Frieden, T. R., & Houry, D. (2016). Reducing the Risks of Relief — The CDC Opioid-Prescribing Guideline. New England Journal of Medicine.

Furlan, A. D., Yazdi, F., Tsertsvadze, A., Gross, A., Tulder, M. V., Santaguida, L., . . . Tsouros, S. (2012). A Systematic Review and Meta-Analysis of Efficacy, Cost-Effectiveness, and Safety of Selected Complementary and Alternative Medicine for Neck and Low-Back Pain. Evidence-Based Complementary and Alternative Medicine.

Fumal, A., & Schoenen, J. (2008). Tension-type headache: Current research and clinical management. The Lancet Neurology.

Gross, A., Langevin, P., Burnie, S. J., Bédard-Brochu, M., Empey, B., Dugas, E., . . . Leblanc, F. (2015). Manipulation and mobilisation for neck pain contrasted against an inactive control or another active treatment. Cochrane Database of Systematic Reviews.

Haller, H., Lauche, R., Cramer, H., Rampp, T., Saha, F. J., Ostermann, T., & Dobos, G. (2016). Craniosacral Therapy for the Treatment of Chronic Neck Pain. The Clinical Journal of Pain.

Happe, S., Peikert, A., Siegert, R., & Evers, S. (2016). The efficacy of lymphatic drainage and traditional massage in the prophylaxis of migraine: A randomized, controlled parallel group study. Neurological Sciences.

Lucas, S. (2015). Posttraumatic Headache: Clinical Characterization and Management. Current Pain and Headache Reports.

Marshall, C. M., Vernon, H., Leddy, J. J., & Baldwin, B. A. (2015). The role of the cervical spine in post-concussion syndrome. The Physician and Sportsmedicine.

Martins, W. R., Blasczyk, J. C., Oliveira, M. A., Gonçalves, K. F., Bonini-Rocha, A. C., Dugailly, P., & Oliveira, R. J. (2016). Efficacy of musculoskeletal manual approach in the treatment of temporomandibular joint disorder: A systematic review with meta-analysis. Manual Therapy.

Morin, M., Langevin, P., & Fait, P. (2016). Cervical Spine Involvement in Mild Traumatic Brain Injury: A Review. Journal of Sports Medicine.

Nahin, R. L., Boineau, R., Khalsa, P. S., Stussman, B. J., & Weber, W. J. (2016). Evidence-Based Evaluation of Complementary Health Approaches for Pain Management in the United States. Mayo Clinic Proceedings.

Nee, R.J., Vicenzino, B., Jull, G.A., Cleland, J.A., & Coppieters, M.W. (2012). Neural tissue management provides immediate clinically relevant benefits without harmful effects for patients with nerve-related neck and arm pain: a randomised trial. Journal of Physiotherapy .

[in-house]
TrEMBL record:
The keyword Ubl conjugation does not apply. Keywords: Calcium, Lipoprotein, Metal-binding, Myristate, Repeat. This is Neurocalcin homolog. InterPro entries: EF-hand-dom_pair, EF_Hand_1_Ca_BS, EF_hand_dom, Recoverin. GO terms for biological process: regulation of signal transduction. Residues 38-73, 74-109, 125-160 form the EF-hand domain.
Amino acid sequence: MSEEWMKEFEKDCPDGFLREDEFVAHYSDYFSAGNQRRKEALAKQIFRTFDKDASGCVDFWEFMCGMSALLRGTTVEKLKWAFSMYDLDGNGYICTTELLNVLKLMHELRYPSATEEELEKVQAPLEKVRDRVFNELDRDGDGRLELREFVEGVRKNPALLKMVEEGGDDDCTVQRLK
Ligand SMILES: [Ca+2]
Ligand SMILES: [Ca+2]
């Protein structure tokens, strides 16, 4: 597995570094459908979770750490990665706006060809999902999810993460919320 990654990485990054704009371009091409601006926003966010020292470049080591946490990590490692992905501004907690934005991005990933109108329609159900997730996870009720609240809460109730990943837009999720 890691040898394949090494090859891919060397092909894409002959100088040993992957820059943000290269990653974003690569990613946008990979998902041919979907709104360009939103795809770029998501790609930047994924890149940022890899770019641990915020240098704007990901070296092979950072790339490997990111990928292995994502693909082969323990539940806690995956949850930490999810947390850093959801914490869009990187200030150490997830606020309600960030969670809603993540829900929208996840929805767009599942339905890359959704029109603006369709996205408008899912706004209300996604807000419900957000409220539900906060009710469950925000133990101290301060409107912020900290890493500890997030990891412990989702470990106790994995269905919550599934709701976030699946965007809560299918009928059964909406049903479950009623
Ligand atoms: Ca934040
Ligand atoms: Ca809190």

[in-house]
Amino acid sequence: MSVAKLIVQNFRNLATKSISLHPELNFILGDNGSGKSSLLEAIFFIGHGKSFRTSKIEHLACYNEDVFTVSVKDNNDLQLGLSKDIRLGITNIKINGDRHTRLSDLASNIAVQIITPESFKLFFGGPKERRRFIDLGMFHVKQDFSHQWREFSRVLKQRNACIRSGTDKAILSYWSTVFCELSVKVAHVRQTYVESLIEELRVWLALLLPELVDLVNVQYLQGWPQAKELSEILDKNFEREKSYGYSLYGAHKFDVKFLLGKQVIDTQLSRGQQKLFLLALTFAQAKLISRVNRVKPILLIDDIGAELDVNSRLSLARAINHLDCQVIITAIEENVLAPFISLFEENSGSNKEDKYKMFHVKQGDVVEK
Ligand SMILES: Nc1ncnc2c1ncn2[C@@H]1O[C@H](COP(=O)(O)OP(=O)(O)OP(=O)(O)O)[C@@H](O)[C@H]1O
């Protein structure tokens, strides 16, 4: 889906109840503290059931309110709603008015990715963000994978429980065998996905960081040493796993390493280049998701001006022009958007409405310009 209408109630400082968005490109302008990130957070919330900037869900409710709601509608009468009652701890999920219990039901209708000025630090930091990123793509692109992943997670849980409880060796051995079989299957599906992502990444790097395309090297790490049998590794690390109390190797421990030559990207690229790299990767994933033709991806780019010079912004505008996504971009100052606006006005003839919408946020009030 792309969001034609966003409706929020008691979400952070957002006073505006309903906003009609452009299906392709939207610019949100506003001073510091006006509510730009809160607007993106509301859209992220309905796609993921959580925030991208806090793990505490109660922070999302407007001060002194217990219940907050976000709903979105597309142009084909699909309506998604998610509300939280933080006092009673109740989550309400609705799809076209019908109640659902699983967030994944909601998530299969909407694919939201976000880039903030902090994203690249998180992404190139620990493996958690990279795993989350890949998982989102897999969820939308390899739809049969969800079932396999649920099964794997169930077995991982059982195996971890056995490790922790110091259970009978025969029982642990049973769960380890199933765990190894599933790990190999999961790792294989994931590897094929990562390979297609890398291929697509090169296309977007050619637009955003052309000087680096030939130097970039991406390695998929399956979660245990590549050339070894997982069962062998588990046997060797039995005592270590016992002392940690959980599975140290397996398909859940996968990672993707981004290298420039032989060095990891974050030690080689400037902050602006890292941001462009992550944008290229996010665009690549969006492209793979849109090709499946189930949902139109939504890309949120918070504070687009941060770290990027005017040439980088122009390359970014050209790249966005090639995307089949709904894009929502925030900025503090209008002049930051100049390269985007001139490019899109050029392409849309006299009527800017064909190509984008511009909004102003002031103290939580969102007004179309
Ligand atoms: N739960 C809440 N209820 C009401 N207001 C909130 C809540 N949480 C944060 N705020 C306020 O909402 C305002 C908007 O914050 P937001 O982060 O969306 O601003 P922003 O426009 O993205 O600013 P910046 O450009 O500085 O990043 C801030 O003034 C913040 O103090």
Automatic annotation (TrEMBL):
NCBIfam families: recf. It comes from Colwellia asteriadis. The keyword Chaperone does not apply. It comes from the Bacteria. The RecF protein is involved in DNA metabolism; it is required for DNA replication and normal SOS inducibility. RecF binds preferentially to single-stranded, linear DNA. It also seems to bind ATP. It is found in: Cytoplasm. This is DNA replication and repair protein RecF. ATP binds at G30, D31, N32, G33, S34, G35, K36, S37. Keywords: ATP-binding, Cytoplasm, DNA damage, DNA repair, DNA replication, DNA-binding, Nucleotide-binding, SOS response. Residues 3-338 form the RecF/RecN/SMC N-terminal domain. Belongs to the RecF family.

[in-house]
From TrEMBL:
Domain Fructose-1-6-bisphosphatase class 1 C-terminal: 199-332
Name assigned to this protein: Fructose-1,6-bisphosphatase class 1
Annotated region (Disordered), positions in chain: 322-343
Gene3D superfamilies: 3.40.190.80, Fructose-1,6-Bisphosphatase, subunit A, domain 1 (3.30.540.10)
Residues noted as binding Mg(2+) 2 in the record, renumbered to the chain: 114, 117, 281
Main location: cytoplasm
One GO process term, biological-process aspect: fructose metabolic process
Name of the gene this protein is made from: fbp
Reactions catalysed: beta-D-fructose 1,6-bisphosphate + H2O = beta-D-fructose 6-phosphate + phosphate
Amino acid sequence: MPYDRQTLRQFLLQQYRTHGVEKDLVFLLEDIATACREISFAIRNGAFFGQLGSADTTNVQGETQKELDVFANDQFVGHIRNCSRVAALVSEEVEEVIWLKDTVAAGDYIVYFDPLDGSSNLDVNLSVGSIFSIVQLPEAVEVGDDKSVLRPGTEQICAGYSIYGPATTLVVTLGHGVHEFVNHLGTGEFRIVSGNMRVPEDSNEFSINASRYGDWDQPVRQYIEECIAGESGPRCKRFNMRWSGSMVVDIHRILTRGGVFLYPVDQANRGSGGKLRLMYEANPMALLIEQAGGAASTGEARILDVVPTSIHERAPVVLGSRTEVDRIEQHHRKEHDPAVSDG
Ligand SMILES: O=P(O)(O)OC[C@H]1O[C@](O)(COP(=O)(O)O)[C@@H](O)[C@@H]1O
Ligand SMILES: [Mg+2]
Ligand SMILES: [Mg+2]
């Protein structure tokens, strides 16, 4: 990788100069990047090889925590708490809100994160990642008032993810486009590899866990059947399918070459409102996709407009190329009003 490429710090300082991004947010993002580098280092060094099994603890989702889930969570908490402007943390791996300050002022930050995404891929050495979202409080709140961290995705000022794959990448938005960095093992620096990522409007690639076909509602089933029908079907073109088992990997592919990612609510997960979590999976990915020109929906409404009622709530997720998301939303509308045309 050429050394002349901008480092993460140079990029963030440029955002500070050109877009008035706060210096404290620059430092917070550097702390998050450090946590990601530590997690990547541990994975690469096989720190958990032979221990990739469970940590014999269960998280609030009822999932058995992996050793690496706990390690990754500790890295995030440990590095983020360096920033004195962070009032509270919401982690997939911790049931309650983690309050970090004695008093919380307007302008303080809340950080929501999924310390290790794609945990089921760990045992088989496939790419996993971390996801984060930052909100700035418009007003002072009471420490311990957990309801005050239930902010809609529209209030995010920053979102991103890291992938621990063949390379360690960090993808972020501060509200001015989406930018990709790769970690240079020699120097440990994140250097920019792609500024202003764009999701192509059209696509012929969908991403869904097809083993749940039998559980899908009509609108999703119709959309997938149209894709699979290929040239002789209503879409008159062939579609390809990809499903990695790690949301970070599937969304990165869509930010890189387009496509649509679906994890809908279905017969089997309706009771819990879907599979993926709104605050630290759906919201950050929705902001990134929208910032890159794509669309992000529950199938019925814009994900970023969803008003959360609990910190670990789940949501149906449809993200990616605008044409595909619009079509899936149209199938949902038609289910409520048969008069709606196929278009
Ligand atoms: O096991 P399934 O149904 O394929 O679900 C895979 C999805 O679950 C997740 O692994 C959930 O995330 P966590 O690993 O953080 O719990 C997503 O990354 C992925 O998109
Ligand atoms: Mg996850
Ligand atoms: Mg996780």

Nöbel, M., Feistel, S., Ellrich, J., & Messlinger, K. (2016). ATP-sensitive muscle afferents activate spinal trigeminal neurons with meningeal afferent input in rat – pathophysiological implications for tension-type headache. The Journal of Headache and Pain.

Piekartz, H. V., & Hall, T. (2013). Orofacial manual therapy improves cervical movement impairment associated with headache and features of temporomandibular dysfunction: A randomized controlled trial. Manual Therapy.

Randhawa, K., Bohay, R., Côté, P., Velde, G., Sutton, D., Wong, J., . . . Taylor-Vaisey, A. (2015). The Effectiveness of Non-invasive Interventions for Temporomandibular Disorders. The Clinical Journal of Pain.

Russo, A., D’Onofrio, F., Conte, F., Petretta, V., Tedeschi, G., & Tessitore, A. (2014). Post-traumatic headaches: A clinical overview. Neurological Sciences.

Schneider, K. J. (2016). Sport-Related Concussion: Optimizing Treatment Through Evidence-Informed Practice. Journal of Orthopaedic & Sports Physical Therapy.

Schueler, M., Messlinger, K., Dux, M., Neuhuber, W. L., & De, R. (2013). Extracranial projections of meningeal afferents and their impact on meningeal nociception and headache. Pain.

Sherman, K. J., Cook, A. J., Wellman, R. D., Hawkes, R. J., Kahn, J. R., Deyo, R. A., & Cherkin, D. C. (2014). Five-Week Outcomes From a Dosing Trial of Therapeutic Massage for Chronic Neck Pain. The Annals of Family Medicine.

Sherman, K. J., Cherkin, D. C., Hawkes, R. J., Miglioretti, D. L., & Deyo, R. A. (2009). Randomized Trial of Therapeutic Massage for Chronic Neck Pain. The Clinical Journal of Pain.

Sutton, D. A., Côté, P., Wong, J. J., Varatharajan, S., Randhawa, K. A., Yu, H., . . . Stupar, M. (2014). Is multimodal care effective for the management of patients with whiplash-associated disorders or neck pain and associated disorders? A systematic review by the Ontario Protocol for Traffic Injury Management (OPTIMa) Collaboration. The Spine Journal.

Wong, J. J., Shearer, H. M., Mior, S., Jacobs, C., Côté, P., Randhawa, K., . . . Taylor-Vaisey, A. (2015). Are manual therapies, passive physical modalities, or acupuncture effective for the management of patients with whiplash-associated disorders or neck pain and associated disorders? an update of the bone and joint decade task force on neck pain and its associated disorders by the optima collaboration. The Spine Journal.